So our nearChanged function is what mutates our “citySuggestions” state. And this is done through an AJAX call to our Express server. We’re also waiting until the length of the entered text is more than 3 – for a more valid search term. Otherwise, we set the citySuggestions to an empty array.

Now let’s add the actual field inside our form, including and binging onChange and other attributes.

render (){
        return <form>
                    <input 
                        name="near"
                        type="text" 
                        value={this.state.near}
                        autoComplete="off"
                        onChange={this.nearChanged}
                        >
                    </input>
                    {this.citySuggest()}
                </form>
    }

We also added “this.citySuggest()” above – which is simply a function that return an un-ordered list of items. These items are the suggestions that came back from our AJAX call. Let’s move on to the actual function:

citySuggest(){
     var self = this;
     return (<ul className="citySuggest">                    
           {this.state.citySuggestions.map(function(item,index){
           return <li onClick={self.cityClicked.bind(self,index)} 
                    key={index}>{item.city}</li>
                    })} 
              </ul>)
    }

Each list item is simply mapped to each states “citySuggestions”. Also, we have attached a listener to it when it’s clicked. We call this event “cityClicked”. Notice that we use .bind(self,index), where “self” is really “this” – which we need inside our class to use, and “index” is to know which one is actually clicked.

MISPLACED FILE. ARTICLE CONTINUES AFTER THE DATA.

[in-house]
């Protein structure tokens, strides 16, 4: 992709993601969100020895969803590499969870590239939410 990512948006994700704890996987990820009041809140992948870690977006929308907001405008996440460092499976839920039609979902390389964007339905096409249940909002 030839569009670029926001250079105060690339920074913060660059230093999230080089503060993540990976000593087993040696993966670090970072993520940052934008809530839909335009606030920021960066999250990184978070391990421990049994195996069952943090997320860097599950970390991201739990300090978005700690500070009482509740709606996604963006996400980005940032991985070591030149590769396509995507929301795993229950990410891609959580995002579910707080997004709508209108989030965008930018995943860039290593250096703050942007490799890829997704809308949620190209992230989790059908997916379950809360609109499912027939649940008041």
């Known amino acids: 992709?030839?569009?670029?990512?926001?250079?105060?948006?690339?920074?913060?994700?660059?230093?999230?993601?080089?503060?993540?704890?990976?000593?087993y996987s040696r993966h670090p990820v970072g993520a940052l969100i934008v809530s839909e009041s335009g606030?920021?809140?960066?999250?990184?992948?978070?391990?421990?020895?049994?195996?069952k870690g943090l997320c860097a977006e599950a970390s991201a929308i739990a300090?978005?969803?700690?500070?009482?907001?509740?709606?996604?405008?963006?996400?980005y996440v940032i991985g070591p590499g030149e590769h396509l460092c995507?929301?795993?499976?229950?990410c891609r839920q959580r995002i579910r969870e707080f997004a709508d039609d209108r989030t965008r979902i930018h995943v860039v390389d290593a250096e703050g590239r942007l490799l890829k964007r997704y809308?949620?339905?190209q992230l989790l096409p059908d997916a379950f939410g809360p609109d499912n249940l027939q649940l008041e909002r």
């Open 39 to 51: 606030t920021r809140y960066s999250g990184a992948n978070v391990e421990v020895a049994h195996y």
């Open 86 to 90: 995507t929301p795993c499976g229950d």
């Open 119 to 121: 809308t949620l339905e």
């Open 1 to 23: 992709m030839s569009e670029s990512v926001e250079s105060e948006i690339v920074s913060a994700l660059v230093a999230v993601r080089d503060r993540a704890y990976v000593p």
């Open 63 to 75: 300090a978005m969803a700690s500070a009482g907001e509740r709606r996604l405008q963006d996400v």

cityClicked(index){      
        var ct = this.state.citySuggestions[index].city;
        var st = this.state.citySuggestions[index].state;
        this.setState({
            citySuggestions : [], 
            near : ct + ', ' + st
        })
    }

Our cityClicked() function is quite simple. We simply look for the which citySuggestions item was clicked by the “index” that was passed. It’s actually in this function that we set specific values – such as hidden fields etc. But for now – we’re setting the “near” state as well. This is so our input field will reflect what was clicked from the list.

.citySuggest {
    background: #fff;
    position: fixed;
    width: 100%;    
    border: 1px solid #ccc;
    box-shadow: 0 2px 2px rgba(0,0,0,.23);
}
.citySuggest li {
    padding: 10px 15px;
}
.citySuggest li:hover {
    background:#ebebeb;
    cursor: pointer;
}

I added very minimal styling – which I’ll leave open to your taste. But for now, that’s a working input field.